Northern Ireland’s political parties have until today to forge a power-sharing agreement or risk a budget being imposed on the
Northern Ireland’s political parties have until today to forge a power-sharing agreement or risk a budget being imposed on the devolved region by London.
Belfast has been without a government since January when the left-leaning nationalists Sinn Fein quit a grand coalition with the unionist DUP over a bungled renewable energy scheme.
The main sticking point between the two powerful parties is passing a new Irish language law—the republicans wish to expand the official use of the language in areas like public signage and education, while the DUP has refused to give ground. As such, the two parties are deadlocked and are unlikely to reach a deal by today.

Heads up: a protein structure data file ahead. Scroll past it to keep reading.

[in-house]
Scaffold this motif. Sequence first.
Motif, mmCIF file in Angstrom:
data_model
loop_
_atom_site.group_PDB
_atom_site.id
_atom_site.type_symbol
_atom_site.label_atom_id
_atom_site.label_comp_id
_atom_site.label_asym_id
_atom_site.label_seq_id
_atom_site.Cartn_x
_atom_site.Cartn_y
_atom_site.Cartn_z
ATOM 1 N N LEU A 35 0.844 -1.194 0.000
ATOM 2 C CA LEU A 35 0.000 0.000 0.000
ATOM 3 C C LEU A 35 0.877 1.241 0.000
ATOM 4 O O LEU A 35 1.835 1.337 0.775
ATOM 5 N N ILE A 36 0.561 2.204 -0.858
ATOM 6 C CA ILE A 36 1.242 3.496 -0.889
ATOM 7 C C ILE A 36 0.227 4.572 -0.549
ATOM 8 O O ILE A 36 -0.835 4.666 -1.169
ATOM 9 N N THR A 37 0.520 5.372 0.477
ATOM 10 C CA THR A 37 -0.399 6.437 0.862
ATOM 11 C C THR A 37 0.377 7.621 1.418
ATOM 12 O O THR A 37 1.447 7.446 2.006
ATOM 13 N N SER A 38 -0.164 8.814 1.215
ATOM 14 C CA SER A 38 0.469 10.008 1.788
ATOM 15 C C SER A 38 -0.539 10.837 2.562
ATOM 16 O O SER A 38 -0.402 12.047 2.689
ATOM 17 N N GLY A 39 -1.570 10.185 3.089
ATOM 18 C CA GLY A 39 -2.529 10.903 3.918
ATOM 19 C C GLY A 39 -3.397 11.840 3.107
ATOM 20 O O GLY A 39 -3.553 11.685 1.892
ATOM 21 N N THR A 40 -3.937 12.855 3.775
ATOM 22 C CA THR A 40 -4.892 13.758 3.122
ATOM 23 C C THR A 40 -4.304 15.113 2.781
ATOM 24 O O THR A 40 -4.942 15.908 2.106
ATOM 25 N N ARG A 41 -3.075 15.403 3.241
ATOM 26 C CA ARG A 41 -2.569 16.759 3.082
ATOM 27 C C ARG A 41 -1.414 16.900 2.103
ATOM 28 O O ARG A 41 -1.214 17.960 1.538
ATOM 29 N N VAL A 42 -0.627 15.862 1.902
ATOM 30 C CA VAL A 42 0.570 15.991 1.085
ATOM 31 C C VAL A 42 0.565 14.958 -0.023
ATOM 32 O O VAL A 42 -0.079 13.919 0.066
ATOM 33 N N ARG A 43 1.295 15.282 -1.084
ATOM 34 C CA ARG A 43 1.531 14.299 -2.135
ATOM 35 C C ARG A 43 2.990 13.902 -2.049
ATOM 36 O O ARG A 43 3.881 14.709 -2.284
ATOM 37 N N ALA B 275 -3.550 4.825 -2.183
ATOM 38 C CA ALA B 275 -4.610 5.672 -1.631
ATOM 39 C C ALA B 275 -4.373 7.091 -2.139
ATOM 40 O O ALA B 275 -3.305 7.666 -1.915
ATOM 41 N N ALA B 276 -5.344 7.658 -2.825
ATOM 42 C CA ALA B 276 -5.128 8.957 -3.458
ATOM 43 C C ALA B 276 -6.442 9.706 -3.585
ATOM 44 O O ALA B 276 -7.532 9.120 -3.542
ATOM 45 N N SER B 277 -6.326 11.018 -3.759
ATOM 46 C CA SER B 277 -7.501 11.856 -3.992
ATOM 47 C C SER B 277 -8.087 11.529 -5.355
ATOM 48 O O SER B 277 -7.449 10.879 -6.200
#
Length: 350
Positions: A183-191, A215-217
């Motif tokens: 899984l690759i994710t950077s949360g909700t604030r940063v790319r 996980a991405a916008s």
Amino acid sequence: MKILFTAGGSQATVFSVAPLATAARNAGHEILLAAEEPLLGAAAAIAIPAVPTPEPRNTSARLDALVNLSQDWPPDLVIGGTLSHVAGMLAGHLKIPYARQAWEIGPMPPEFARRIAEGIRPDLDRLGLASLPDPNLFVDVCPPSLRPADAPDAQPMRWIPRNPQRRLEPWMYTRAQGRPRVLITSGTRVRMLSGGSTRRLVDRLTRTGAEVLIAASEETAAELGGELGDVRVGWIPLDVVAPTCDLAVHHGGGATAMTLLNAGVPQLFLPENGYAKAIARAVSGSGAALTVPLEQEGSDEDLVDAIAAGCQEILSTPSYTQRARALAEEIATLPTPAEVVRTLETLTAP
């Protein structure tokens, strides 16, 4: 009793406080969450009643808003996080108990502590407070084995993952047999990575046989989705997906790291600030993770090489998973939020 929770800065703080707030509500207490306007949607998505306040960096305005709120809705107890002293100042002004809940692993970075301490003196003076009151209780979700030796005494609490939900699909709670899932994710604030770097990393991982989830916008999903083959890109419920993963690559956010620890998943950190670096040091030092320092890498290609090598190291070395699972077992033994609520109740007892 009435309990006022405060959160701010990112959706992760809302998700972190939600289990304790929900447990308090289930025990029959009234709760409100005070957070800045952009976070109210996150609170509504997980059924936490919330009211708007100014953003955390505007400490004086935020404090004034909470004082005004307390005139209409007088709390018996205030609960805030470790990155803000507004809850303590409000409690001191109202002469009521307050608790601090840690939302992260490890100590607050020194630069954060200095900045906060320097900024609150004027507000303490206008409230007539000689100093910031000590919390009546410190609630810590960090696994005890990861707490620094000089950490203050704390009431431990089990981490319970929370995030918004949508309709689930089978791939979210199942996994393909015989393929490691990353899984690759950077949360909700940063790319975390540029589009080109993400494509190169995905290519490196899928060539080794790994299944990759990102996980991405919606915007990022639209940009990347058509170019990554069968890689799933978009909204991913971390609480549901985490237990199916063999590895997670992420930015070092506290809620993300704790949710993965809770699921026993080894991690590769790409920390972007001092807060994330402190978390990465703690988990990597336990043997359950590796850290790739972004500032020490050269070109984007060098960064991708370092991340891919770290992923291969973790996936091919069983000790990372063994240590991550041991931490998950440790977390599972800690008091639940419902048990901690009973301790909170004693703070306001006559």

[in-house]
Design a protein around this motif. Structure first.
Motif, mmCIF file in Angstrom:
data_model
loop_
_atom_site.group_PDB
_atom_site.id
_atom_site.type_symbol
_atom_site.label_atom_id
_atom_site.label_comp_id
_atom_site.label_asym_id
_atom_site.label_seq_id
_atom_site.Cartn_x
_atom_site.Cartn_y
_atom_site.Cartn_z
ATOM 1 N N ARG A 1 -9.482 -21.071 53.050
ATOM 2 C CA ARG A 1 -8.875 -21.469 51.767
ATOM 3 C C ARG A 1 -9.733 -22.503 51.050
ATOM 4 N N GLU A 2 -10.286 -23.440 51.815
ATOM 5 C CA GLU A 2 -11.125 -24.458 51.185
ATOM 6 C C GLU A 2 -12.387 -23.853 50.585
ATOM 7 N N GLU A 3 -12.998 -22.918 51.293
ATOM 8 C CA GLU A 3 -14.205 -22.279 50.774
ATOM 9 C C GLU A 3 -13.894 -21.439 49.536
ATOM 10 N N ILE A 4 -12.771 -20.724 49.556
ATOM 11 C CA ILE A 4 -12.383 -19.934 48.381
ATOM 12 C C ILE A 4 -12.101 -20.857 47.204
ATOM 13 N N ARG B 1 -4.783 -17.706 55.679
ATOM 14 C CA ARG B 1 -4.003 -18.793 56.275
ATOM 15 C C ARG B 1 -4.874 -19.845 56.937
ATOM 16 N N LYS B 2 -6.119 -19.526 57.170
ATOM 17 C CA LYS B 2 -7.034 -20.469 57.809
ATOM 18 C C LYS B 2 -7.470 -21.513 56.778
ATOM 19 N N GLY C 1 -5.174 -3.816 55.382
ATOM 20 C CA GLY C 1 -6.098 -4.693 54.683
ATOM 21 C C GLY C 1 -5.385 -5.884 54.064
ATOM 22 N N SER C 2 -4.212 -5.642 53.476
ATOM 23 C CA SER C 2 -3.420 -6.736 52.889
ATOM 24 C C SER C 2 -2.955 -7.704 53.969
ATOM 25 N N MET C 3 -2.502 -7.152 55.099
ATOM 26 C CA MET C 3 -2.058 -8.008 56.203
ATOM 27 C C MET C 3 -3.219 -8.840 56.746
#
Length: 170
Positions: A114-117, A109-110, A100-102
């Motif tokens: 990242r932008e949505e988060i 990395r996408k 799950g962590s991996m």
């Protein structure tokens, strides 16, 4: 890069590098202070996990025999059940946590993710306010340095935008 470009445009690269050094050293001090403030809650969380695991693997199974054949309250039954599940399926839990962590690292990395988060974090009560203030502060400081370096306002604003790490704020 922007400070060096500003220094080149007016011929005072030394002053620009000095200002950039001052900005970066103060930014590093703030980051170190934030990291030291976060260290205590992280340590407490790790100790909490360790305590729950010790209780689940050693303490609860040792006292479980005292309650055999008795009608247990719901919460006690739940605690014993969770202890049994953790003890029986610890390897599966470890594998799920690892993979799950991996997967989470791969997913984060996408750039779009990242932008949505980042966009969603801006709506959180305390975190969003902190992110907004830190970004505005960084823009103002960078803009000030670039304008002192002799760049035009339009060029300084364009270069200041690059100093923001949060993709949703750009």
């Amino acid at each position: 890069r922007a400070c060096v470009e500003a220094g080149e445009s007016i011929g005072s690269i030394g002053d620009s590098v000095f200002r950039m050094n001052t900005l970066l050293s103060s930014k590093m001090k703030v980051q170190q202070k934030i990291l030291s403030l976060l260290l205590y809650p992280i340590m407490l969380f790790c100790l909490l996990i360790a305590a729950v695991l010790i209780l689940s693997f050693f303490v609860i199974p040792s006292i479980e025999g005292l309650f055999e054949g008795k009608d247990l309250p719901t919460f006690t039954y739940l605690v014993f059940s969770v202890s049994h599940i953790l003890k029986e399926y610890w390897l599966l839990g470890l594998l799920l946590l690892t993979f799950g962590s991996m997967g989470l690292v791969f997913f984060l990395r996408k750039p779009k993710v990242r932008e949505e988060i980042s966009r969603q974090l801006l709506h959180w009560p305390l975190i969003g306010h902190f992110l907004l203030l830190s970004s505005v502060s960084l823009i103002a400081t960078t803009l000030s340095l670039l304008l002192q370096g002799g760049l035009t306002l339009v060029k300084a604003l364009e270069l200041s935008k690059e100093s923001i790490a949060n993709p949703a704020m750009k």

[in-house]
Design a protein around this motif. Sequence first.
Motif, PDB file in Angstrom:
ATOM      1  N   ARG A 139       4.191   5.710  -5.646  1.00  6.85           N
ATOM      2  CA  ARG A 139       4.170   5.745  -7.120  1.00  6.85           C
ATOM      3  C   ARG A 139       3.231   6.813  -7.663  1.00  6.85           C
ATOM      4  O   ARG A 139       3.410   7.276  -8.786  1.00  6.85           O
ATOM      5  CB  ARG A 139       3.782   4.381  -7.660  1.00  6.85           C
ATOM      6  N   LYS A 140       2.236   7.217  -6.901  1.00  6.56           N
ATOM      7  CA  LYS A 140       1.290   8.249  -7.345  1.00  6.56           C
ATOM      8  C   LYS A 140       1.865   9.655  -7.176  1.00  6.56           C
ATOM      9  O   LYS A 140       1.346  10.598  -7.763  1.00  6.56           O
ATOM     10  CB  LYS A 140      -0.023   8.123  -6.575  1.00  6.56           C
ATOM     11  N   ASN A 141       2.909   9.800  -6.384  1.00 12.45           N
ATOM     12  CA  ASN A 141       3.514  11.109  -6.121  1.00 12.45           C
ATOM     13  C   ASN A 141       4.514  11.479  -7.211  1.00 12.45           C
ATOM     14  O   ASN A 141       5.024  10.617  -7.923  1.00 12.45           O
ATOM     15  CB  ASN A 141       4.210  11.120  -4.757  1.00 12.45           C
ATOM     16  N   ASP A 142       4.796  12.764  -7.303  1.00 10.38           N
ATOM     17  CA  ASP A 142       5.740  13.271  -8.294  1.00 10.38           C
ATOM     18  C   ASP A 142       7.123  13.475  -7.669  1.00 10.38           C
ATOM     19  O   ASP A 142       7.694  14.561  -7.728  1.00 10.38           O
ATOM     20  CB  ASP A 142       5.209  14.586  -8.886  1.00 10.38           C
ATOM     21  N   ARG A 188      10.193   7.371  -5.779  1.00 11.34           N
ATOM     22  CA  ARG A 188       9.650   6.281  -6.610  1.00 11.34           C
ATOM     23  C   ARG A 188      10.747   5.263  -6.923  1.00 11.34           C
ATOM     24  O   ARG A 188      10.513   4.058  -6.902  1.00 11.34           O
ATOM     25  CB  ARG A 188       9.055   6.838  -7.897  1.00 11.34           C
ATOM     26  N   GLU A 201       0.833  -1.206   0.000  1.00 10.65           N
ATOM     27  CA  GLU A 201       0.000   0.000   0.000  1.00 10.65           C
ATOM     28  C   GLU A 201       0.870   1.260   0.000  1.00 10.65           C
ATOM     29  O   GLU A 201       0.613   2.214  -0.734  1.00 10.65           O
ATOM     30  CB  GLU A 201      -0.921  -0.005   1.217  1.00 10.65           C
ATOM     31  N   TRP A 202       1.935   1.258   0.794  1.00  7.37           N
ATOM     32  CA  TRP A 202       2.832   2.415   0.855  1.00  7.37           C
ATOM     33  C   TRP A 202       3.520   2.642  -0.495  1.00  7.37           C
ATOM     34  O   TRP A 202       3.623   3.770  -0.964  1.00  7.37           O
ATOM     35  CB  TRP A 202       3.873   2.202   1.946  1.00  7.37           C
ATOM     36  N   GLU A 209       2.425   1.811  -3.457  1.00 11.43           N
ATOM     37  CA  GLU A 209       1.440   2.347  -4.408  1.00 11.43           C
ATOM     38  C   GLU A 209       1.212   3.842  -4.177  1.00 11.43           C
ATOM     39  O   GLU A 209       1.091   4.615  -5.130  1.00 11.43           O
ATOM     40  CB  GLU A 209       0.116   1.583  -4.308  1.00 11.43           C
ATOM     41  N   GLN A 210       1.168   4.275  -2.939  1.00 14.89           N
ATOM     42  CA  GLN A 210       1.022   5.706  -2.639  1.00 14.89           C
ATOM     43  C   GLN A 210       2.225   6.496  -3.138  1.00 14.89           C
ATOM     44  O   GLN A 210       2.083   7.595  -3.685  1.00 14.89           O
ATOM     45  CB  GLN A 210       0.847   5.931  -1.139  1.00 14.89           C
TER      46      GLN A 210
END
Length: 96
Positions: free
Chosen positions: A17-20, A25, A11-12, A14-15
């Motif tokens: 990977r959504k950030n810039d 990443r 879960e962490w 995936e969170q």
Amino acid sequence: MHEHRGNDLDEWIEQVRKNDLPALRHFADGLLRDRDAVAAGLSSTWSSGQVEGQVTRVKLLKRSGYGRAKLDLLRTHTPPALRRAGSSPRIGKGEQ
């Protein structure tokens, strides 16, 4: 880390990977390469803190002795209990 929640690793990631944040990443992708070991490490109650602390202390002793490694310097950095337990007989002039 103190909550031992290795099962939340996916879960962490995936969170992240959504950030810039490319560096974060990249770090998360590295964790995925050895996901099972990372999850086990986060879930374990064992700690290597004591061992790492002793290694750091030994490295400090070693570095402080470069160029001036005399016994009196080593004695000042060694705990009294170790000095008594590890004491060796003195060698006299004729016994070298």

Without an agreement, Westminster is likely to impose a budget on Belfast to keep the region running, stoking fears of direct rule from London. On its own, that prospect would inflame tensions in Northern Ireland—worse still, the DUP’s propping up the minority Conservative government tarnishes London’s claim to neutrality. Republican outrage would then jeopardise the Good Friday Agreement and worsen hostilities with unionists, making a restoration of the fragile peace a more and more distant prospect.
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